This is an essay about the unwarranted erosion of two basic bankruptcy principles: the cleavage effect of a debtor's filing of a bankruptcy petition and the equality of treatment of prepetition unsecured claims. These are two of the most fundamental bankruptcy concepts. First courts and then Congress have fashioned rules favoring the prepetition unsecured claims of vendors and lessors that are inconsistent with these concepts. The authors explore the origins of such favored treatment, question the commonly offered policy justifications, and argue that the prepetition unsecured claims of vendors and lessors generally should be afforded the same treatment in bankruptcy as other prepetition unsecured claims.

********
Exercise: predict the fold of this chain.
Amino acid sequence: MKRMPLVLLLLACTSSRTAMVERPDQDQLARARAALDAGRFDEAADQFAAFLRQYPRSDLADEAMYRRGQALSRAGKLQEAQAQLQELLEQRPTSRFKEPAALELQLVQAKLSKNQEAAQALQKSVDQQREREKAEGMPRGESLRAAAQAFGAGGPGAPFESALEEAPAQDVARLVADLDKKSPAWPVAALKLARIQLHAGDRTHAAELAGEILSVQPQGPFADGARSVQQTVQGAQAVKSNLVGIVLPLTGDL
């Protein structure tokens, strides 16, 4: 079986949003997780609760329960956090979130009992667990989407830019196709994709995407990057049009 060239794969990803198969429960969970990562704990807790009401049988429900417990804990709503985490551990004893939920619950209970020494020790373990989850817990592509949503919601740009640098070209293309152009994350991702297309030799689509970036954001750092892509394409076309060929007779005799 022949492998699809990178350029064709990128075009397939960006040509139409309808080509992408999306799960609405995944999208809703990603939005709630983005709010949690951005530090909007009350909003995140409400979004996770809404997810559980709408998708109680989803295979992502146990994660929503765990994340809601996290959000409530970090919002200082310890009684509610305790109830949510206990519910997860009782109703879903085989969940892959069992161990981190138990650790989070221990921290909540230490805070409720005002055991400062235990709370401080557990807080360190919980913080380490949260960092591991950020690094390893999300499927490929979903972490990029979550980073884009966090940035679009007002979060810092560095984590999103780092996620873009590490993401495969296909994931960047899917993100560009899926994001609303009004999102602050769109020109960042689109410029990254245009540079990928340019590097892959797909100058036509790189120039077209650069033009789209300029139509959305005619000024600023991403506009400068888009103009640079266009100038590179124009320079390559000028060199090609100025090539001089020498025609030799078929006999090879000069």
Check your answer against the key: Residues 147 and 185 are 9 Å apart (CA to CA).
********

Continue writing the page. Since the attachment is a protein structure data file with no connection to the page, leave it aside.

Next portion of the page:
David G. Epstein, Casey Ariail & David M. Smith,
Not Just Anna Nicole Smith: Cleavage in Bankruptcy,
Emory Bankr. Devs. J.
Available at: https://scholarlycommons.law.emory.edu/ebdj/vol31/iss1/5